Your partner has asked you to move in; and you are on cloud nine. All you can think of is romantic dinners and shopping together for curtains that match your living room upholstery. But for all you know, you may soon be fighting over bathroom space in the morning or about whose turn it is to do the laundry. Live-in relationships are not as rosy and beautiful as Hollywood rom-coms would like us to believe. Here are some important aspects that you might want to take note of before taking the plunge.
Live-in or not
So when do you know you need to take things a step further? Couples decide to move in for various reasons. For Tania Banerjee, (name changed a 22 year old copy writer) it was about time. “We decided to move in together because in Mumbai, unless we came back to the same house after work, we barely got the time to see each other”. For others it can acts as a precursor to marriage. “You get to know each others’ flaws and strengths, which could make it easier to adjust after marriage” says 23-year-old law student Aaron D’Souza.
However, experts advise caution. “A couple has to know what they expect from each other before they decide to move in together. Do not take impulsive decisions,” says psychiatrist and couple counsellor Sajid Ali Khan.Showing true coloursThink about it. You will be sharing living space with your partner, so you won’t always be dressed in your very best all the time. Plus, what about your own private space that might get infringed upon because of another person? Tania says it can get a bit unnerving at times, but it’s a part of the deal. “Even if some habits get annoying, we help each other overcome them or simply deal with them! Because, there are bigger things that we love about each other,” she says.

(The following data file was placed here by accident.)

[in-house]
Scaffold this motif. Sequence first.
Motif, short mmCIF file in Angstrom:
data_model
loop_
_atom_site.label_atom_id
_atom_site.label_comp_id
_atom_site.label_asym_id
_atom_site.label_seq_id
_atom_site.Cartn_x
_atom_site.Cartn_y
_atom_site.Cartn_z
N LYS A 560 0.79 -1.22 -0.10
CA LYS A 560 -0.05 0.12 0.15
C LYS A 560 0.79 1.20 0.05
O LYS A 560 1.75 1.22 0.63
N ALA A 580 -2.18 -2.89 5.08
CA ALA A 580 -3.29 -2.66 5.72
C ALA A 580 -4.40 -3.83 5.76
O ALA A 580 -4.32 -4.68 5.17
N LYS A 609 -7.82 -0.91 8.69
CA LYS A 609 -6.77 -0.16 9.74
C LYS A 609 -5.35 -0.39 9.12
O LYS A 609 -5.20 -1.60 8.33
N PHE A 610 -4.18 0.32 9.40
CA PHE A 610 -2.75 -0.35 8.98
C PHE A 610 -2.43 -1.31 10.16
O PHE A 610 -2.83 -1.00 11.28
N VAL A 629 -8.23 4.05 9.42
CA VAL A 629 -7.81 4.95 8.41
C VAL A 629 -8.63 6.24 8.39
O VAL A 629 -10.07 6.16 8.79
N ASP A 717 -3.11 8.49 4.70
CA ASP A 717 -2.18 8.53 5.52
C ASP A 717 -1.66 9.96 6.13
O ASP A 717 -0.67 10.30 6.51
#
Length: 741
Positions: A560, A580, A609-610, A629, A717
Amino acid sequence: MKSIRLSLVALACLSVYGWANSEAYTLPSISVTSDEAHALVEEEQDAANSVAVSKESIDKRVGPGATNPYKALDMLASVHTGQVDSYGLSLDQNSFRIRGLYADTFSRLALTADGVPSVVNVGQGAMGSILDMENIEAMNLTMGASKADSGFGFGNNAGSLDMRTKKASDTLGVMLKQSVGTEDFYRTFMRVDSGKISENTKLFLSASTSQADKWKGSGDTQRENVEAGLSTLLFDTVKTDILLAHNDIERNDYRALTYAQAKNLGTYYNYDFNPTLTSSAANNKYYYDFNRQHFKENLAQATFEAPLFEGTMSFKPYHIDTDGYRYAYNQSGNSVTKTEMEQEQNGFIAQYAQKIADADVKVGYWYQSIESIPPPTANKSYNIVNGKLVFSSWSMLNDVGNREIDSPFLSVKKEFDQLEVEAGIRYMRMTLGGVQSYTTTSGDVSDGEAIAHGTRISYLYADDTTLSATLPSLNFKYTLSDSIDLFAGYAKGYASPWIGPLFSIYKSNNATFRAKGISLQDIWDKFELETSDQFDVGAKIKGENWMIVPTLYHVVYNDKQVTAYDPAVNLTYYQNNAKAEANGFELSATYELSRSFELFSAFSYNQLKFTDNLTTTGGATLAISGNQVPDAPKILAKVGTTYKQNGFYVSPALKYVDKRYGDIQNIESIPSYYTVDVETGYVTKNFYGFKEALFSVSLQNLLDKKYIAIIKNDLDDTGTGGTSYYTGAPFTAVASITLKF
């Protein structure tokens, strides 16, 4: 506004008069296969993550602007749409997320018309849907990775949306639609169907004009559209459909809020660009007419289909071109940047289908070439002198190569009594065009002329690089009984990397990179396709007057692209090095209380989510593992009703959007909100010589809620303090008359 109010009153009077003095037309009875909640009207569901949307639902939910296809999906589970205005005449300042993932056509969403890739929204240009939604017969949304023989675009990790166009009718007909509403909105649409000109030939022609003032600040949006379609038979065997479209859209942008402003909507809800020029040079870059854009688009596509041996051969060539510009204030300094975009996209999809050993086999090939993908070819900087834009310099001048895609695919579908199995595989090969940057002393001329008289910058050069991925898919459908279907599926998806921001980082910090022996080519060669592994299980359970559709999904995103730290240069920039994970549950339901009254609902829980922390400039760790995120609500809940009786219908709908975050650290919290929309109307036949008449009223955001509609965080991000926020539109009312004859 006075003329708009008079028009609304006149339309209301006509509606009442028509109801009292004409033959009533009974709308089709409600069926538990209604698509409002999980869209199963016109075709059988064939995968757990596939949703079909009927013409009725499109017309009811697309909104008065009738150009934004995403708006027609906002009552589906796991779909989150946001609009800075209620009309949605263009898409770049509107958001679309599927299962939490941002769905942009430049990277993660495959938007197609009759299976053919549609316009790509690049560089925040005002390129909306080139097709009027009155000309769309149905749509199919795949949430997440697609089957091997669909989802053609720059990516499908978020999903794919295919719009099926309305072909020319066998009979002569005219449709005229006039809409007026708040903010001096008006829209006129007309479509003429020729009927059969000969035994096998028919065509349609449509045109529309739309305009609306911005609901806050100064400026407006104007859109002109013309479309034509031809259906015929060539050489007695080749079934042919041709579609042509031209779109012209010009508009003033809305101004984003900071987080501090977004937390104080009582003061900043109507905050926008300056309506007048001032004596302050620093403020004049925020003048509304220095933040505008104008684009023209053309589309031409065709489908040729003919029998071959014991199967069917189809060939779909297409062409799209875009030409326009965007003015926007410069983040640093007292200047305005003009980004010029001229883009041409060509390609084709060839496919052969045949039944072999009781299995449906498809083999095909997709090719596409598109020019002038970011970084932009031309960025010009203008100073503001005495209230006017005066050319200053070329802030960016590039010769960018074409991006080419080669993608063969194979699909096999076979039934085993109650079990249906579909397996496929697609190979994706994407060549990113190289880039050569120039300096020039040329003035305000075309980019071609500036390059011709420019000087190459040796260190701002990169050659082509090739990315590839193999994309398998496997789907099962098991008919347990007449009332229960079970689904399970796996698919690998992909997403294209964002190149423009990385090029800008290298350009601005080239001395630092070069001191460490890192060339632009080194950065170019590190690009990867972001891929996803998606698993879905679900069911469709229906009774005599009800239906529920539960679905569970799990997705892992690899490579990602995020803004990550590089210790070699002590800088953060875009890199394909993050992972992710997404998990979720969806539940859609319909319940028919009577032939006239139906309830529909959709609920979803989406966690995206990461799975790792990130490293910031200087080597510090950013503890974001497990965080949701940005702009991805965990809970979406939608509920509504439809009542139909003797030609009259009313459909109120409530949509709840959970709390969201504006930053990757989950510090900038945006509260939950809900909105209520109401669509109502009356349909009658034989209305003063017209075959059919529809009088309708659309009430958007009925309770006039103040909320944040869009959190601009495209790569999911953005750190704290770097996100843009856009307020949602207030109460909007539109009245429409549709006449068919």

Division of labour
Apart from sharing a house, you will also be divinding responsibilities such as doing household chores and managing finances among others. But who does what?
“Initially, it was difficult to maintain a household. Despite me and my boyfriend trying hard to divide chores such as buying groceries, paying electricity bills or making sure the maids turn up on time, we never managed to stick to strict boundaries and both ended up doing a bit of everything. That worked for us. But sometimes he does complain about doing more work than me, and that can spoil a relationship. So I have to be wary,” says Aneesha Malhotra, a 26-year-old media professional who has been living in with her partner for three years.
For many people, a live-in relationship could become a comfortable bubble they can’t come out of. In some cases, the relationship might lose its luster and shrivel down to monotony. “We have been living-in for three years now. Though we want to get married in the future, we haven’t planned anything yet. Sometimes I feel bored of the routine we have and I am worried that since we know each other inside out, whether there will be anything more to look forward to. But I don’t think I can move out,” says Aneesha.
(Names have been changed on request)
expert speak: Sajid Ali Khan, couple counsellor
When do you know it’s the right time to live in?
A couple has to decide when is the best time to move in together. But do not make impulsive decisions. Also keep in mind the kind of expectations your family and the society will demand from you and be ready to face them.
How do you share finances and responsibilities?
Make an agreement from the beginning and share your duties equally. Similarly, divide household chores as well and stick to what you decide.
How can couples deal with issues about privacy ?
Your privacy will obviously be infringed upon when you are living with someone else. Learn to be more accommodating and if there’s something that you absolutely can’t deal with, make it clear to him/her. Don’t keep anything to yourself.